The "Hedwig" composer's long road to Broadway

Stephen Trask opens up about his Tony-nominated hit, his days as a barista, and the "Clueless" musical that wasn't

By Mary Elizabeth Williams

Senior Writer

Published May 26, 2014 3:30PM (EDT)

Stephen Trask       (Bruce Glikas)
Stephen Trask (Bruce Glikas)

Twenty years ago this summer, New York City got a new diva. She was a blonde East German would-be rock star, a divorced army wife -- and a survivor of a botched sex-change operation. And it didn't take long after the tough, down-on-her-luck persona of Hedwig first took the stage at a club called Squeezebox for writer/performer John Cameron Mitchell and composer Stephen Trask to create a trailblazing musical based on her life -- and for her to emerge as a cult icon. Though it was far from an instant hit, "Hedwig and the Angry" eventually became a downtown theater sensation and an acclaimed 2001 film, and its bold mix of rock and roll and unconventional themes helped move American musical theater in an expansive and truly exciting new direction.

Yet as beloved as "Hedwig" has been, it's also long held on to a certain cherished outsider status. If you watch the story of the show's development on the DVD of the film version, you can't help noticing how many of its creators and fans position it in contrast to the Broadway fare uptown. But that all changed this year, when Neil Patrick Harris stepped into Hedwig's high heels, and the show became an instant blockbuster and garnered a heady eight Tony nominations. Salon recently spoke to the show's composer Stephen Trask about the classic he created -- and the other musicals that never were.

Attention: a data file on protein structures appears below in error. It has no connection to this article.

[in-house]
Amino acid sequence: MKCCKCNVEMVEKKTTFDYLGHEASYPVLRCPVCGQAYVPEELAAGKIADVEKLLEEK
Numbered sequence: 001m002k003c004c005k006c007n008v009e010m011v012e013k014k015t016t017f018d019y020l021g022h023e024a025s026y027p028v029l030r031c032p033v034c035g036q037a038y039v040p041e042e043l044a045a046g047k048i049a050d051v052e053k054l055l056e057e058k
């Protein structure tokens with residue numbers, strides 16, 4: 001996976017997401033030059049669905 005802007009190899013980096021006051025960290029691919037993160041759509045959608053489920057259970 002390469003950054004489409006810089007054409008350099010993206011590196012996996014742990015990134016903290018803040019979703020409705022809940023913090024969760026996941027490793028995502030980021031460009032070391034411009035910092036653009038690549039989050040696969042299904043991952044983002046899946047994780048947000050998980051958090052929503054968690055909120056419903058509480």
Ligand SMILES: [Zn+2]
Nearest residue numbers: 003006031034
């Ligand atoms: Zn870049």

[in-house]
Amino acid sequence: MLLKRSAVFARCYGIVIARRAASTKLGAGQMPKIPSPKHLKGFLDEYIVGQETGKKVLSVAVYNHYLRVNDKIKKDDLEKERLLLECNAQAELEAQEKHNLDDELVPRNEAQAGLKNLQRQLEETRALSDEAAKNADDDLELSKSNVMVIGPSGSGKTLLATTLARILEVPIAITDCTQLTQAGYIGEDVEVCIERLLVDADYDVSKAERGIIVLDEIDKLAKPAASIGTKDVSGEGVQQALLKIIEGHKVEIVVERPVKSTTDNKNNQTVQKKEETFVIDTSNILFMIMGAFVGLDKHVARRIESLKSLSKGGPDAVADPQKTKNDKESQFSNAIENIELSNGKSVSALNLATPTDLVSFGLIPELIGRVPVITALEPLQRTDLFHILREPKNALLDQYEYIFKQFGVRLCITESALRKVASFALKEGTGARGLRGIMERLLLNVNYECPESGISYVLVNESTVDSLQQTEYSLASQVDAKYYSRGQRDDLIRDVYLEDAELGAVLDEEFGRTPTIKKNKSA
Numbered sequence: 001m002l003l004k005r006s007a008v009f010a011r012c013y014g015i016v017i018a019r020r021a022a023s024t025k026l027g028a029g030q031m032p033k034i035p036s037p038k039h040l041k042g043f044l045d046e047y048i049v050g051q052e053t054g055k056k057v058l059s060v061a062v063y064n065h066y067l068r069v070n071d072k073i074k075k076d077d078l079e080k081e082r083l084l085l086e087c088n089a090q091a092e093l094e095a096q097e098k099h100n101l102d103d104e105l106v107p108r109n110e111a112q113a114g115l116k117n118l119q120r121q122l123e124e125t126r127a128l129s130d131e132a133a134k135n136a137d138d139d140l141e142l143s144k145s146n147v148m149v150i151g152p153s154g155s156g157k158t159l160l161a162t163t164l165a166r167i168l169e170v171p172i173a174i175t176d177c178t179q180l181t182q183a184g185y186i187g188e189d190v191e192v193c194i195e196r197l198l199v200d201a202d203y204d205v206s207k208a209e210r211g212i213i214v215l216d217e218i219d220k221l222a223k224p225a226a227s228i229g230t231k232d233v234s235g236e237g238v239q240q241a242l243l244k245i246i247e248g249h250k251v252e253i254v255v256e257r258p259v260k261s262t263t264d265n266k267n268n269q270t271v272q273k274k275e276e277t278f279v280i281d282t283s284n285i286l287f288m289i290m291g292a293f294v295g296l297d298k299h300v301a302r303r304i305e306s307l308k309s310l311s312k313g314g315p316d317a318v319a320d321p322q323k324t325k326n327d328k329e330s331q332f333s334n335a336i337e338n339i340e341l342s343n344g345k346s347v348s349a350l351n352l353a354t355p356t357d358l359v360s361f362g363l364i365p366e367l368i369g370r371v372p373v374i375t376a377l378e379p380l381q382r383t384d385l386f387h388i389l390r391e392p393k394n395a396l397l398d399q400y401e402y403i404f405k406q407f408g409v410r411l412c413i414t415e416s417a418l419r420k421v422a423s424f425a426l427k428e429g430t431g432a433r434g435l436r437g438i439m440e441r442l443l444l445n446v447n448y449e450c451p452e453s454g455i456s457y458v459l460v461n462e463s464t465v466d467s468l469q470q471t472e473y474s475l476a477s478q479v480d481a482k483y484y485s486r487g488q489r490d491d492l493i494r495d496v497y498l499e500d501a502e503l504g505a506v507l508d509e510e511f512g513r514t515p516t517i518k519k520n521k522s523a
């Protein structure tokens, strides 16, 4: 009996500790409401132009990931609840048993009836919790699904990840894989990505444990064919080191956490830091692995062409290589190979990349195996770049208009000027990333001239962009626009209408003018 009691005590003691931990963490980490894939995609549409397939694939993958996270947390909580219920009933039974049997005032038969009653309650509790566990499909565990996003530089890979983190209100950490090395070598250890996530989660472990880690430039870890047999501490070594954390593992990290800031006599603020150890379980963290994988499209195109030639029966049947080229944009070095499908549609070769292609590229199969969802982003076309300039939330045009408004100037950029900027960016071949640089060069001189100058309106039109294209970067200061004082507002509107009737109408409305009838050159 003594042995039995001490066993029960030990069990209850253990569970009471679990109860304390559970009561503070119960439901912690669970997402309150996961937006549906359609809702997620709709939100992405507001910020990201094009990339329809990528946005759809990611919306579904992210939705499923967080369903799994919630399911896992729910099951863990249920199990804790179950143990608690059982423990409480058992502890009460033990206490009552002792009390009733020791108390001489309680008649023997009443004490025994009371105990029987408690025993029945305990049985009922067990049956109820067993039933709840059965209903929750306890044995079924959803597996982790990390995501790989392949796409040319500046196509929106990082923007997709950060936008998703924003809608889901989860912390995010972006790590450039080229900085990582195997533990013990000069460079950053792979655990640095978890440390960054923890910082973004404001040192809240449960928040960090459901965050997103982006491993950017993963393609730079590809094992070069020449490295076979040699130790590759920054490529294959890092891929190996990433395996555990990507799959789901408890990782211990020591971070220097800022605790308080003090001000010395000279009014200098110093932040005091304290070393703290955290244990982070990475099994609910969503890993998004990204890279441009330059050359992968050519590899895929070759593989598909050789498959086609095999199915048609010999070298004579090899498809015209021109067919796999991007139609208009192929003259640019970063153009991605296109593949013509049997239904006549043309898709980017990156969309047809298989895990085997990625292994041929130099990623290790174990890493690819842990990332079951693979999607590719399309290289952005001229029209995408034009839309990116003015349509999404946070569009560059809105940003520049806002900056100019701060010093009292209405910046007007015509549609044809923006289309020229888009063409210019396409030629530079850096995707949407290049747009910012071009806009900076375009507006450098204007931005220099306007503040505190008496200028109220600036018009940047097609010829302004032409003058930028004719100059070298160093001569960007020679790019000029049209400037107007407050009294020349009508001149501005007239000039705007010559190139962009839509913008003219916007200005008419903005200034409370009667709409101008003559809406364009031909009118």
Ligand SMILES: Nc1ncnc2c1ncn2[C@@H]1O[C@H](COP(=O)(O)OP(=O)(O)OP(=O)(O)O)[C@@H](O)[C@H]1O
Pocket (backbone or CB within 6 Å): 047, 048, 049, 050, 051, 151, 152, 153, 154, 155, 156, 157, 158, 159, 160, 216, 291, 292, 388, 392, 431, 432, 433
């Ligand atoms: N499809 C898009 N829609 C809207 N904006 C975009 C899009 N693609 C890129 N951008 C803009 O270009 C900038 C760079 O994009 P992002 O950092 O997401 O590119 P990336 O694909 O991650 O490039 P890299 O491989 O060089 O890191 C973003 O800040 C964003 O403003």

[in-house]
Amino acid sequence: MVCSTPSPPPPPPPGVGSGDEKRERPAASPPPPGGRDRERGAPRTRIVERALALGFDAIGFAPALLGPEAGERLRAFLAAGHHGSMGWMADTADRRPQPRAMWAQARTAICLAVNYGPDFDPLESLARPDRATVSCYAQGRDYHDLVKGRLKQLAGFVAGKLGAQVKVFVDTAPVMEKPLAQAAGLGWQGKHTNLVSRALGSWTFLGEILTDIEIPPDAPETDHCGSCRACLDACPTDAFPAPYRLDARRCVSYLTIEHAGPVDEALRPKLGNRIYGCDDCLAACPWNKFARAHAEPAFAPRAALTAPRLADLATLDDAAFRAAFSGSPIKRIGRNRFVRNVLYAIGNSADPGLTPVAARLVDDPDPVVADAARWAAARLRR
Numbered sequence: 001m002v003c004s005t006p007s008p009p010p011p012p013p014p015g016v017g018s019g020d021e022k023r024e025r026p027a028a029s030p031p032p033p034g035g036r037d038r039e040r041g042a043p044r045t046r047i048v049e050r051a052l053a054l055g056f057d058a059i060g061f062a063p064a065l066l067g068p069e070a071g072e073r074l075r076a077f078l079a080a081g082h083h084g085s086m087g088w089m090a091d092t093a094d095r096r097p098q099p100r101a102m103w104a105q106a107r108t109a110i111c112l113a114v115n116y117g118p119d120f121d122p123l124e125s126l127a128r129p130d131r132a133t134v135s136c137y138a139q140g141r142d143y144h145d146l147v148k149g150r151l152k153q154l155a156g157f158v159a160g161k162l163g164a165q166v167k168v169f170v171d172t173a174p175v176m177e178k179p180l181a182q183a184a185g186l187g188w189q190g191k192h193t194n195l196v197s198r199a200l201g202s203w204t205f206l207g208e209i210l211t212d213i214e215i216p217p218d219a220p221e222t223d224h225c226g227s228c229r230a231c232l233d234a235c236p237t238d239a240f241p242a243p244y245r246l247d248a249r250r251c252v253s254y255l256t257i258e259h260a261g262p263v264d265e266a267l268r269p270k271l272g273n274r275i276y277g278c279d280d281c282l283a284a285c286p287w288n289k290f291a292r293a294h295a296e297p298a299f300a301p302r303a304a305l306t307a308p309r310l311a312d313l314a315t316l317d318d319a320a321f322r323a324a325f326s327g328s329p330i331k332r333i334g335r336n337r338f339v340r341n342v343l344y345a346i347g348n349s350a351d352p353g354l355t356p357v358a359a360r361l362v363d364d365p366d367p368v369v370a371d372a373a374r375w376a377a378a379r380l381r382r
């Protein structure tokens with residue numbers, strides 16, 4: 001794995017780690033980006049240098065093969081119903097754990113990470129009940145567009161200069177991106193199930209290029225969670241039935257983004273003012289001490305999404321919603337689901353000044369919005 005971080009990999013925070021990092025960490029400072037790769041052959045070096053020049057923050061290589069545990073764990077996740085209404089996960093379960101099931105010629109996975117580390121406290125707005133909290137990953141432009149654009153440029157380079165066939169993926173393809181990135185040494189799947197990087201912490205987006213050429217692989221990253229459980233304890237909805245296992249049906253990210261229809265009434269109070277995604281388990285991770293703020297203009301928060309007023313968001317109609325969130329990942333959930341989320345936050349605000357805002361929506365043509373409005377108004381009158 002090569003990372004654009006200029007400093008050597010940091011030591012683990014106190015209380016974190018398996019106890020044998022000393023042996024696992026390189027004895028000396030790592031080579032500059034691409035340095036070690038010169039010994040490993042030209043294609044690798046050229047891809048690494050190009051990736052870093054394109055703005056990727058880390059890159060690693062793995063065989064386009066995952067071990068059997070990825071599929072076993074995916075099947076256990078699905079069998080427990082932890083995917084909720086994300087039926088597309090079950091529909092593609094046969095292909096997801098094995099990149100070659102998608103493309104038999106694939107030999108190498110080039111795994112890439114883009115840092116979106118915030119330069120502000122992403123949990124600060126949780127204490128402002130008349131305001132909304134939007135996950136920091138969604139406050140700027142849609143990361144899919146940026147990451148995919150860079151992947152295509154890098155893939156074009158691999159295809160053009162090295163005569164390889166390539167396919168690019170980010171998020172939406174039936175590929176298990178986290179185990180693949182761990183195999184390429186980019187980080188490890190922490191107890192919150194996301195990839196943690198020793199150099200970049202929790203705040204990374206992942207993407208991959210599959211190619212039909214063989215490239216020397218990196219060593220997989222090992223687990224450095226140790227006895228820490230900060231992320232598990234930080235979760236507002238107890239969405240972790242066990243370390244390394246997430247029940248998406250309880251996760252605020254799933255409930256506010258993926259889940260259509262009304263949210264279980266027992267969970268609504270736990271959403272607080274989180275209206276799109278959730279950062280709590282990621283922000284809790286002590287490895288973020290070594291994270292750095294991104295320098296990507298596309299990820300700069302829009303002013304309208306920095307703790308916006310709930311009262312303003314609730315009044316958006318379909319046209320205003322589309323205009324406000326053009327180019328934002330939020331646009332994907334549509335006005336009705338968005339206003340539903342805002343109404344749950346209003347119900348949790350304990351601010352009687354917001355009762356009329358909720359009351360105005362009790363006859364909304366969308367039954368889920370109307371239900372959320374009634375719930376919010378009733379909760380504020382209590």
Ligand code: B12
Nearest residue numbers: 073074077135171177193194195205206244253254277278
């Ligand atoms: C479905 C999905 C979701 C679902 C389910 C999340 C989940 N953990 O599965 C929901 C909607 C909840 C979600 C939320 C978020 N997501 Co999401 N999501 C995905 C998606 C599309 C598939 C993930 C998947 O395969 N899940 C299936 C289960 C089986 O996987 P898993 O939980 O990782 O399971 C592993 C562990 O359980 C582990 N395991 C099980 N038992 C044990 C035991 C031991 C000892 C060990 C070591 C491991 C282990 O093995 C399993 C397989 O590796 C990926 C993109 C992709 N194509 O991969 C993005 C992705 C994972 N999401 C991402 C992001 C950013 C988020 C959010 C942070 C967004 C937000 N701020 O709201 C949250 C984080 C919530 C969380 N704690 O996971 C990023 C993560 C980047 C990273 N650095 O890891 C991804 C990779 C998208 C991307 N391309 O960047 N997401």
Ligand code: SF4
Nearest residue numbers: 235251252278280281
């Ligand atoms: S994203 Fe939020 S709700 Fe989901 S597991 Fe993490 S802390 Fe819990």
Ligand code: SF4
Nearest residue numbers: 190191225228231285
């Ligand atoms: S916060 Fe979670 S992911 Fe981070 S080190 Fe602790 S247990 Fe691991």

Tell us a little about where you were when Hedwig first came about.

I felt like John [Cameron Mitchell] and I were both at that time in the same spot. John was a 30 year-old actor and still being sent out on jobs to play 15 year-olds. I spent my 31st birthday asking people if they wanted cinnamon or cocoa on their cappuccinos. And then when we were going to do Hedwig, I told myself something needed to break or I was going to do something else with my life. I had a deadline -- and I just squeaked by.

We did not know this was going to be this successful. But we all knew this was a once-in-a-lifetime thing that doesn't happen every day. We'd finish workdays and nobody would want to say goodbye, so we'd go have dinner together. We knew -- this is real and it's deep and we'll all probably never have something quite like this again. We didn't know how people would respond to it, and when we opened at the Jane Street, we were doing so badly. But someone said to me on opening night, "Even if this closes next week, which it might, it will go down in theater history."

After the original off-Broadway success of Hedwig, you didn't go the conventional musical theater path.

After Hedwig, I did get offered a couple of things I turned down, much to my manager's chagrin. I briefly worked on some things and walked away from them, like a musical about Harvey Milk, and I was pursuing movie scores. I did write multiple drafts with many partners on a musical based on "Clueless." I did that for four years. I wrote music for a musical based on "Romy and Michele's High School Reunion." I was doing a musical based on "The Blue Angel." I've written so many songs and worked so hard on adapting things. I've written like 80 songs in the last fourteen years. I've made movies and written and recorded for orchestras and have been producing records for bands. But if you write a song that’s supposed to go in Act 2 of a "Clueless" musical and it's built around that -- it doesn’t matter how fun and sing-able it is. Cher's night out with the Rat Pack guy, or my song about how Romy and Michele realize their lives suck, once you don't have the musical, it makes no sense at all.